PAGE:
U.S.-Nigeria Talks to Focus on Niger Delta, Regional Security
(Binational commission to convene third round of talks)
By Charles W. Corey
Washington — The U.S.-Nigeria Binational Commission convenes its third full working group meeting September 13 in Washington for two days of talks that will focus on the Niger Delta and Nigeria’s role in regional security.
U.S. Deputy Assistant Secretary of State for African Affairs William Fitzgerald sat down with America.gov September 7 to preview the talks.
Fitzgerald said Nigeria’s minister of foreign affairs, H. Odien Ajumogobia, told U.S. Secretary of State Hillary Rodham Clinton August 5 that he strongly supported the September 13–14 talks and that Nigeria agreed that this is an important issue of mutual interest.
The prestigious Council on Foreign Relations agreed to host the talks in Washington, Fitzgerald explained, because of the importance they place on the Niger Delta and because of the amount of work they have been doing there.
The opening segments of the meetings will be open to the press, and think tank and academic experts will attend the talks as well, he added. The sessions will be moderated by two senior fellows at the Council on Foreign Relations, Paul B. Stares and former U.S. Ambassador Princeton N. Lyman. Lyman has had a long-abiding interest in Nigeria and served as U.S. ambassador to Nigeria and South Africa.
Fitzgerald said the United States sees the Niger Delta as a region of integral importance to Nigeria. “We have concerns about the Niger Delta because insecurity is rampant. It is a region where there is some 90 percent of Nigeria’s oil either off- or onshore, where local communities have not benefited from the petroleum wealth. … Dissident groups arose to either fight this injustice or to claim part of the spoils of the oil trade” in response to that situation, he said.
The late President Umaru Musa Yar’Adua — before he left for Saudi Arabia for medical treatment — offered an amnesty for those fighting in the delta, Fitzgerald recalled. “I think it is surprising to everyone that the amnesty has by-and-large worked. It has cut the fighting dramatically. We have seen in recent months sporadic instances of violence, but compared to previous years, the insecurity has diminished considerably. President [Goodluck] Jonathan promised to continue President Yar’Adua’s lead on the amnesty program when he assumed office.”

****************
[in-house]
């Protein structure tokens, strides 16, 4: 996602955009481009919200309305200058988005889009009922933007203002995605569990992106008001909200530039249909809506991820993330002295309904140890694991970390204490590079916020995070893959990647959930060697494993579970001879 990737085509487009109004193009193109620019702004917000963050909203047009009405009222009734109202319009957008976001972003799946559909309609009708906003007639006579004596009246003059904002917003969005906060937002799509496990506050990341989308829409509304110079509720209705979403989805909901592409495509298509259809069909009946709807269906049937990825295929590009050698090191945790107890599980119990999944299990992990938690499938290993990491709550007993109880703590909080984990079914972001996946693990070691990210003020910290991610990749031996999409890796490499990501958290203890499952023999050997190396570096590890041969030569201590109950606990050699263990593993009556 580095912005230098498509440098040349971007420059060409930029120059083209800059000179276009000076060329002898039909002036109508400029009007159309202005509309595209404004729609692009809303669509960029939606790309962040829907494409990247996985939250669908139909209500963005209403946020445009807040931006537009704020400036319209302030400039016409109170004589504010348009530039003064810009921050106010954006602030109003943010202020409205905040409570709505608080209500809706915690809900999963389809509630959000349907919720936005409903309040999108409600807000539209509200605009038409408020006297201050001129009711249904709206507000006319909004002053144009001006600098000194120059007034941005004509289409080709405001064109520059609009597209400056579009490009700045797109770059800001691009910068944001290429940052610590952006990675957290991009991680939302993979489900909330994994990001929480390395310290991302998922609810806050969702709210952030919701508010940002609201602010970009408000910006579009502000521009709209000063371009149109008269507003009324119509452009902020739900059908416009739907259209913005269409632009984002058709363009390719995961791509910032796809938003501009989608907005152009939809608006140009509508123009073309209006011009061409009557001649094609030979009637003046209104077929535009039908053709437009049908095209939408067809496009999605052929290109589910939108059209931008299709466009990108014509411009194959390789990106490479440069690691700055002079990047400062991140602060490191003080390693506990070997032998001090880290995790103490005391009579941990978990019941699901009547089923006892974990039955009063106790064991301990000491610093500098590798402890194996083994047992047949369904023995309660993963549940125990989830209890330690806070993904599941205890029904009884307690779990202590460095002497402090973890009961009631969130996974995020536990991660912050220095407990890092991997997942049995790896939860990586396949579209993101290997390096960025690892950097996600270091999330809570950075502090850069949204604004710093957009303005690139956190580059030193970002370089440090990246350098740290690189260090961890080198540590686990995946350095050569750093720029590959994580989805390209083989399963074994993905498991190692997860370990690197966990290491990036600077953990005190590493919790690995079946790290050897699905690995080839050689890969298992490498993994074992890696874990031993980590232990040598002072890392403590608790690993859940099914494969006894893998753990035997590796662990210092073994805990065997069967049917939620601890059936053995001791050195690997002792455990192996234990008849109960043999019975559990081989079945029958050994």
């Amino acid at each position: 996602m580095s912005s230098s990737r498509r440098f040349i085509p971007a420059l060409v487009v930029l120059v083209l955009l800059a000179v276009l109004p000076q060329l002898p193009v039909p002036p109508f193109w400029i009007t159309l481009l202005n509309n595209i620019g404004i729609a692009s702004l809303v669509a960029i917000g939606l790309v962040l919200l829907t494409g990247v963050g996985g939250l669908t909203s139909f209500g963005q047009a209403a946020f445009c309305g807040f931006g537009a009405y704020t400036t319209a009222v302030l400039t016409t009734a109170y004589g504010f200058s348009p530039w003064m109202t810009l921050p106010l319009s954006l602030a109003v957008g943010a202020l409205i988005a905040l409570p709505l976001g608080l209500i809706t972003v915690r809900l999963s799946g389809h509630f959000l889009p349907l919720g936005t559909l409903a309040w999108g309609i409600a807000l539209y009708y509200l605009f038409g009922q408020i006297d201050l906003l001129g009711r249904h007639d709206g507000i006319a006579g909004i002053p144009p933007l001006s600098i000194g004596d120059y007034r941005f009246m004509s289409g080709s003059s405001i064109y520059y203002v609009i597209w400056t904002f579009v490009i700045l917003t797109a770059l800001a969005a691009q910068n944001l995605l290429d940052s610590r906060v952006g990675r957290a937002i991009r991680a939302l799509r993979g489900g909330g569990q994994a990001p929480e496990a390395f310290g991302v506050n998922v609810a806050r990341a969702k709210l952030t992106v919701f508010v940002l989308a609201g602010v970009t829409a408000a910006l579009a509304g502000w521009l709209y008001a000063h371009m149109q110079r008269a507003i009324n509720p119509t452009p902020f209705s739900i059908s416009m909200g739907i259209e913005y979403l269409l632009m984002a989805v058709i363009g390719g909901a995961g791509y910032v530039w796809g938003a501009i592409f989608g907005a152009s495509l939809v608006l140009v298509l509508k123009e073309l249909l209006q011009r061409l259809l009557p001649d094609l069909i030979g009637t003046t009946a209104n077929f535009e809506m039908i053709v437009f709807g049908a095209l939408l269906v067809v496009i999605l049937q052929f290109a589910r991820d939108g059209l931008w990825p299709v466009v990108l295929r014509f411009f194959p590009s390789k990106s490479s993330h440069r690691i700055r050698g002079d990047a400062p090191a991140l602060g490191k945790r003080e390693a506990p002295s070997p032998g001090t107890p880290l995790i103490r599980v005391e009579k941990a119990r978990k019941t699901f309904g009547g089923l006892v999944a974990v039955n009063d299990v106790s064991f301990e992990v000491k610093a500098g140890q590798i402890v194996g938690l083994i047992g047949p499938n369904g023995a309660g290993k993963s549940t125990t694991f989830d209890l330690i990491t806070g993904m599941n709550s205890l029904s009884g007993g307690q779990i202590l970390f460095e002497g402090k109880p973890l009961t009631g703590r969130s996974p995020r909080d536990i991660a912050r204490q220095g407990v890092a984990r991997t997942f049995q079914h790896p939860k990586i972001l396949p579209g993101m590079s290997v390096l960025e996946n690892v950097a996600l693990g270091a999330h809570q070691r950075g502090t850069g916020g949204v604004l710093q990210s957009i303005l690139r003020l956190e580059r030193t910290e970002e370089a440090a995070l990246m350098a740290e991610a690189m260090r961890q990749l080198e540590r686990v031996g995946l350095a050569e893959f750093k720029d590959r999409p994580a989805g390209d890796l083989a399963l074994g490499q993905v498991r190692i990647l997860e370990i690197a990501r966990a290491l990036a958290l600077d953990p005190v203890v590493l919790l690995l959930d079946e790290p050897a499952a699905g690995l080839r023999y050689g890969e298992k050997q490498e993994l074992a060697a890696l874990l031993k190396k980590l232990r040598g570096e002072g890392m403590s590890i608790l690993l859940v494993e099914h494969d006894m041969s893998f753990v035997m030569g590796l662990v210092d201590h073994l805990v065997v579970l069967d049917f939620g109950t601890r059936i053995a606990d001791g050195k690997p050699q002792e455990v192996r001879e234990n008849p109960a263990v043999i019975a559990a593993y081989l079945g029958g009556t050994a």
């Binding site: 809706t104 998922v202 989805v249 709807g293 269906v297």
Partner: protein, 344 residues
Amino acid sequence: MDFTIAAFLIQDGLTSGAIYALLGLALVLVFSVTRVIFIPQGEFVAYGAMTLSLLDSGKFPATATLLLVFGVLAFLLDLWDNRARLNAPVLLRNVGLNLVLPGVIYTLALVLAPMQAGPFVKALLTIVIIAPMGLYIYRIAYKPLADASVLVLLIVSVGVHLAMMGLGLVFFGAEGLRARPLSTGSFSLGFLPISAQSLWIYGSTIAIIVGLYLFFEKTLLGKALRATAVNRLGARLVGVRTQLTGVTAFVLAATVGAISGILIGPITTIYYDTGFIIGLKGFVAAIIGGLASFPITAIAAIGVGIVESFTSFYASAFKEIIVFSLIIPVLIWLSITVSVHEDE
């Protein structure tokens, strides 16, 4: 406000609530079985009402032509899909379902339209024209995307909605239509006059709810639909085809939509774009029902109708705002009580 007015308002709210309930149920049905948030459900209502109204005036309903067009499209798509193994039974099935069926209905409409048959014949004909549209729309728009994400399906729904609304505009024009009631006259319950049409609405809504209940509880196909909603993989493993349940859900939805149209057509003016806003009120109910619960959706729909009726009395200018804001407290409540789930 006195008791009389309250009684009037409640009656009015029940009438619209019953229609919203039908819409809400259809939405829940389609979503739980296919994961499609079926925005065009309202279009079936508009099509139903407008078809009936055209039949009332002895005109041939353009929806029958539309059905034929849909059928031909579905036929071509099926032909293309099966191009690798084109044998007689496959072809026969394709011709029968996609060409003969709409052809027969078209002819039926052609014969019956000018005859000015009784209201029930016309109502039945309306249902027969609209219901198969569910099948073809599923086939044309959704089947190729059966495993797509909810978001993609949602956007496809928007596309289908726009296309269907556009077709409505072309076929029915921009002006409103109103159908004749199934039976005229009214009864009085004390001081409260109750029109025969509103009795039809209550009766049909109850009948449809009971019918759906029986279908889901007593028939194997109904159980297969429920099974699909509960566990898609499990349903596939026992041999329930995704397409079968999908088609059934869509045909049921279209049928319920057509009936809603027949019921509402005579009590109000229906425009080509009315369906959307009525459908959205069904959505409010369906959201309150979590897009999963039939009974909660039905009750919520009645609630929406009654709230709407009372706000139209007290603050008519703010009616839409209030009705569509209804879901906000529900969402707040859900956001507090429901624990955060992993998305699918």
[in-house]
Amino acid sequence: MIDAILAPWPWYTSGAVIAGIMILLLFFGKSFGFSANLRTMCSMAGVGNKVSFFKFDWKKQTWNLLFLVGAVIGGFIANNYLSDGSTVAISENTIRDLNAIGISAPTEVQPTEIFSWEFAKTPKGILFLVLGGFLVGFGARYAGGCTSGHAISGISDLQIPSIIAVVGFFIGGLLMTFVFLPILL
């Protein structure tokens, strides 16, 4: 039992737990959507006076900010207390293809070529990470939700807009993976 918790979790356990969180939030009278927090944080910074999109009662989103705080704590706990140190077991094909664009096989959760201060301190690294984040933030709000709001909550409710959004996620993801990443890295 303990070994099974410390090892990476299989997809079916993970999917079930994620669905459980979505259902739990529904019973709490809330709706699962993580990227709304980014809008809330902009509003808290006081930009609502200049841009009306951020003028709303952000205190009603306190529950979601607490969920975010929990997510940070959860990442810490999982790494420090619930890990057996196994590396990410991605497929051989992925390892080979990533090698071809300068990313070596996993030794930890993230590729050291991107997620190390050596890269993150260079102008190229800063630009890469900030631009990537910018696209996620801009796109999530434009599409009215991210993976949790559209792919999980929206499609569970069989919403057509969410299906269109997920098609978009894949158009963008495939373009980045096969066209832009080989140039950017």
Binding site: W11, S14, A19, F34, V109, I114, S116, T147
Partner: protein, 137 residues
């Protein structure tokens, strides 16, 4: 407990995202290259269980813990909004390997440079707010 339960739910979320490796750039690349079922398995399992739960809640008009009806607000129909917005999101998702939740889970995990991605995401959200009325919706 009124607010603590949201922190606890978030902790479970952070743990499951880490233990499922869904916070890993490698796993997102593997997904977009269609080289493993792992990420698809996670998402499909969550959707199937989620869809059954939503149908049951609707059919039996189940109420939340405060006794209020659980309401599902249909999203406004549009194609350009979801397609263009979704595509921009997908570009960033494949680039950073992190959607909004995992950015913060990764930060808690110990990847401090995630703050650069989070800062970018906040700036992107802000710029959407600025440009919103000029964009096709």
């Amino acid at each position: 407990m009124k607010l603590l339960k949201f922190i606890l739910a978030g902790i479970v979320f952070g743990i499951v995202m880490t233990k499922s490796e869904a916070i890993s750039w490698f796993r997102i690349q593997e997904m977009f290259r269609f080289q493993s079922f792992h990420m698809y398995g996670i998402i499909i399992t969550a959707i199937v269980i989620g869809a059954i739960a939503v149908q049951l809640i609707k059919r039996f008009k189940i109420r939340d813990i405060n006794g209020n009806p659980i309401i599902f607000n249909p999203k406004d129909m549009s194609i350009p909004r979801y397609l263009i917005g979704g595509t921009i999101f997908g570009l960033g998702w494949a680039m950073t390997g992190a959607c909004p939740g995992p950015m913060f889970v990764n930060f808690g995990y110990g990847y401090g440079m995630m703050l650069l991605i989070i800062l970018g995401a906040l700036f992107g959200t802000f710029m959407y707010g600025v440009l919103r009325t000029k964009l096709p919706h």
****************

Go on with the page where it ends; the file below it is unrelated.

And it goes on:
“Clearly, there is a great deal left to do in the Niger Delta,” Fitzgerald stressed. “What we need to see in the Niger Delta is a consolidation of the peace — a durable and lasting peace that enables the Nigerian government at the federal and local levels as well as the international community to promote development in the local communities.”
Five of the region’s state governors will be participating in the September 13 talks. Those governors, he said, will also participate in a program put together by Reta Jo Lewis, the State Department’s special representative for intergovernmental global affairs, which will allow the Nigerian governors to meet and discuss areas of mutual interest with U.S. state-level officials.
Following a day focused on the Niger Delta, talks will move on to a second-day focus on Nigeria’s regional security role. “Nigeria has always played a great role in the security and stability of West Africa,” Fitzgerald said.
Spelling out U.S. priorities for the U.S.-Nigeria Binational Commission, Fitzgerald said the U.S. government wants to “strengthen, develop and deepen our relationship with Nigeria, which is one of our closest allies on the continent, one of our closest partners on the continent. It is very important that we take advantage of these working groups to debate and discuss openly Nigeria and Africa’s future, because Nigeria plays such an important role on the continent.”
Overall, U.S. policy seeks to improve elections, fight corruption and work with the Nigerians to boost the amount of electric power that they can generate, according to Fitzgerald. “Nigeria is a wealthy country that has been blessed with an abundance of natural resources — oil, natural gas, coal. However, their manufacturing sector, their industrial sector, has all but disappeared,” he said. Nigerians need to improve infrastructure and benefits to assist in the economic development of the whole country through power generation, medical services, schools and the like.
“This is long-term; you are not going to turn around the energy deficit overnight. This is the goal for the future,” he said.
The first U.S.-Nigeria Binational Commission meeting convened in Abuja in May to discuss electoral reform and good governance. It was followed by a second meeting in Washington on energy and investment.
“The first two Binational Commission meetings were excellent and have shown precisely how well the United States and Nigeria can collaborate on key issues,” Fitzgerald said. “I have no doubt that this will be the case on the Niger Delta and regional security.”
On April 6, U.S. Secretary of State Hillary Rodham Clinton and Nigerian Secretary to the Government of the Federation Yayale Ahmed inaugurated the U.S.-Nigeria Binational Commission, a strategic dialogue designed to expand mutual cooperation across a broad range of shared interests. The commission is a collaborative forum to fortify partnerships between the United States and Nigeria.
Four working groups have been formed: Good Governance, Transparency and Integrity; Energy and Investment; the Niger Delta and Regional Security Cooperation; and Food Security and Agriculture.
(This is a product of the Bureau of International Information Programs, U.S. Department of State. Web site: http://www.america.gov)